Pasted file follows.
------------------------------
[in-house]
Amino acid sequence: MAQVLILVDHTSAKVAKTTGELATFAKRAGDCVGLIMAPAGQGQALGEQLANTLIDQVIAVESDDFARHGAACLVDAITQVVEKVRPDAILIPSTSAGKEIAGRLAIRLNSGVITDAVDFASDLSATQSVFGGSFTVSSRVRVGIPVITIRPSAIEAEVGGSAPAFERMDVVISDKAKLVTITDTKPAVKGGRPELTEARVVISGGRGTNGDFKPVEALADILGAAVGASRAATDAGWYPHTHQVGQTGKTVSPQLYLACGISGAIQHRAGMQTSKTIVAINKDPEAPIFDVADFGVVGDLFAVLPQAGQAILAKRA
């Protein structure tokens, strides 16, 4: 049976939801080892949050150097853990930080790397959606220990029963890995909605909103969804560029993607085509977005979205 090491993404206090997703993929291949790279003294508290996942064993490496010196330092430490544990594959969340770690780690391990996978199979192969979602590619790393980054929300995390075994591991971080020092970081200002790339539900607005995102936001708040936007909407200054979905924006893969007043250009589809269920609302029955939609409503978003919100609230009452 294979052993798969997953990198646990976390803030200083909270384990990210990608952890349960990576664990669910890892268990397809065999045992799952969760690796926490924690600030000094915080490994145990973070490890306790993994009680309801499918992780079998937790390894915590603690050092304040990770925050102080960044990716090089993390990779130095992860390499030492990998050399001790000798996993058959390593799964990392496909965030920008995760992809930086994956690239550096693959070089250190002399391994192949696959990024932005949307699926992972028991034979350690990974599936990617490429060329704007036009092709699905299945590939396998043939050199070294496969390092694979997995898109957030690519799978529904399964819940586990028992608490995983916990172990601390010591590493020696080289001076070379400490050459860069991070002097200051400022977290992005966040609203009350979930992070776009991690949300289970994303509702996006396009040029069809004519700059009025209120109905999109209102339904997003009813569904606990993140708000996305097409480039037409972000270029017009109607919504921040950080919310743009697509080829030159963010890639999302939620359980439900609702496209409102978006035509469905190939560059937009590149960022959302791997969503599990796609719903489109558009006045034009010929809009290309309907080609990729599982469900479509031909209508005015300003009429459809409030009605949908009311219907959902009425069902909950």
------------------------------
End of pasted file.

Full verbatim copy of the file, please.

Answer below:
[in-house]
Amino acid sequence: MAQVLILVDHTSAKVAKTTGELATFAKRAGDCVGLIMAPAGQGQALGEQLANTLIDQVIAVESDDFARHGAACLVDAITQVVEKVRPDAILIPSTSAGKEIAGRLAIRLNSGVITDAVDFASDLSATQSVFGGSFTVSSRVRVGIPVITIRPSAIEAEVGGSAPAFERMDVVISDKAKLVTITDTKPAVKGGRPELTEARVVISGGRGTNGDFKPVEALADILGAAVGASRAATDAGWYPHTHQVGQTGKTVSPQLYLACGISGAIQHRAGMQTSKTIVAINKDPEAPIFDVADFGVVGDLFAVLPQAGQAILAKRA
């Protein structure tokens, strides 16, 4: 049976939801080892949050150097853990930080790397959606220990029963890995909605909103969804560029993607085509977005979205 090491993404206090997703993929291949790279003294508290996942064993490496010196330092430490544990594959969340770690780690391990996978199979192969979602590619790393980054929300995390075994591991971080020092970081200002790339539900607005995102936001708040936007909407200054979905924006893969007043250009589809269920609302029955939609409503978003919100609230009452 294979052993798969997953990198646990976390803030200083909270384990990210990608952890349960990576664990669910890892268990397809065999045992799952969760690796926490924690600030000094915080490994145990973070490890306790993994009680309801499918992780079998937790390894915590603690050092304040990770925050102080960044990716090089993390990779130095992860390499030492990998050399001790000798996993058959390593799964990392496909965030920008995760992809930086994956690239550096693959070089250190002399391994192949696959990024932005949307699926992972028991034979350690990974599936990617490429060329704007036009092709699905299945590939396998043939050199070294496969390092694979997995898109957030690519799978529904399964819940586990028992608490995983916990172990601390010591590493020696080289001076070379400490050459860069991070002097200051400022977290992005966040609203009350979930992070776009991690949300289970994303509702996006396009040029069809004519700059009025209120109905999109209102339904997003009813569904606990993140708000996305097409480039037409972000270029017009109607919504921040950080919310743009697509080829030159963010890639999302939620359980439900609702496209409102978006035509469905190939560059937009590149960022959302791997969503599990796609719903489109558009006045034009010929809009290309309907080609990729599982469900479509031909209508005015300003009429459809409030009605949908009311219907959902009425069902909950």